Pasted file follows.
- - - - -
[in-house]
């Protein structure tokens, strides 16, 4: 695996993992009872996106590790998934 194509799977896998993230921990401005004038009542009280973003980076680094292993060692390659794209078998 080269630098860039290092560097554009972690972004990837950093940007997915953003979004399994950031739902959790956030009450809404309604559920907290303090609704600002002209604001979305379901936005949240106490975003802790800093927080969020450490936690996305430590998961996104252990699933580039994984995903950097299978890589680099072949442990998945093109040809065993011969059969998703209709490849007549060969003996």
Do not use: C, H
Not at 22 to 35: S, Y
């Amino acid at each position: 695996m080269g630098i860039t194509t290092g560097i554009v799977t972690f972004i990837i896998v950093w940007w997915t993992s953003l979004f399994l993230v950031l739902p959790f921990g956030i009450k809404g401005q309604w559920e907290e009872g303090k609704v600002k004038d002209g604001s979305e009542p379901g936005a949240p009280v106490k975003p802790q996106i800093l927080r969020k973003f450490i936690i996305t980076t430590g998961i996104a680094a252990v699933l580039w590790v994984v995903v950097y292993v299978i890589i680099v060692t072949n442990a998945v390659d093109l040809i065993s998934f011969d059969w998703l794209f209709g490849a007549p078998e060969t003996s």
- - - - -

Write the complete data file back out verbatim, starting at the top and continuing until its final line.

[in-house]
């Protein structure tokens, strides 16, 4: 695996993992009872996106590790998934 194509799977896998993230921990401005004038009542009280973003980076680094292993060692390659794209078998 080269630098860039290092560097554009972690972004990837950093940007997915953003979004399994950031739902959790956030009450809404309604559920907290303090609704600002002209604001979305379901936005949240106490975003802790800093927080969020450490936690996305430590998961996104252990699933580039994984995903950097299978890589680099072949442990998945093109040809065993011969059969998703209709490849007549060969003996």
Do not use: C, H
Not at 22 to 35: S, Y
């Amino acid at each position: 695996m080269g630098i860039t194509t290092g560097i554009v799977t972690f972004i990837i896998v950093w940007w997915t993992s953003l979004f399994l993230v950031l739902p959790f921990g956030i009450k809404g401005q309604w559920e907290e009872g303090k609704v600002k004038d002209g604001s979305e009542p379901g936005a949240p009280v106490k975003p802790q996106i800093l927080r969020k973003f450490i936690i996305t980076t430590g998961i996104a680094a252990v699933l580039w590790v994984v995903v950097y292993v299978i890589i680099v060692t072949n442990a998945v390659d093109l040809i065993s998934f011969d059969w998703l794209f209709g490849a007549p078998e060969t003996s």